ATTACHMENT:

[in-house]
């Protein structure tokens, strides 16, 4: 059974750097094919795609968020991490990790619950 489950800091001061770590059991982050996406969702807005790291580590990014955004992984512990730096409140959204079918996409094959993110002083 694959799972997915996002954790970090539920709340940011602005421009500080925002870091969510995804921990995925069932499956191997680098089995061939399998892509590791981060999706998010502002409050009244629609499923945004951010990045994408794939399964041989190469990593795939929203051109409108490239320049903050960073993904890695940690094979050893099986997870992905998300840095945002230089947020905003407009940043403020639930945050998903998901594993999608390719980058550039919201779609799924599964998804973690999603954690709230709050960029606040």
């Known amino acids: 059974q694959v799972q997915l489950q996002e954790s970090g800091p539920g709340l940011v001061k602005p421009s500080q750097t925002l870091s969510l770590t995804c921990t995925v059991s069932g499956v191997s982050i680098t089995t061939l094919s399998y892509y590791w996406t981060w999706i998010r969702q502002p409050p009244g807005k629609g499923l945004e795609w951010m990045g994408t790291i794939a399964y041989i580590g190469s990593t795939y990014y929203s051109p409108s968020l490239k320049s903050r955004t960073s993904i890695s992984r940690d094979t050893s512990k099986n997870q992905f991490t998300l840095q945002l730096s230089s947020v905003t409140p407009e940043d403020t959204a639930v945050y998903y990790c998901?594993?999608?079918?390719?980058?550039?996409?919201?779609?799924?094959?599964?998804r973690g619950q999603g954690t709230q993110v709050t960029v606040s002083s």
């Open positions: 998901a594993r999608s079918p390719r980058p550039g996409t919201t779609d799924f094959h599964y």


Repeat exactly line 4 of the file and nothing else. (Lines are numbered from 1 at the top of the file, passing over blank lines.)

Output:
């Open positions: 998901a594993r999608s079918p390719r980058p550039g996409t919201t779609d799924f094959h599964y």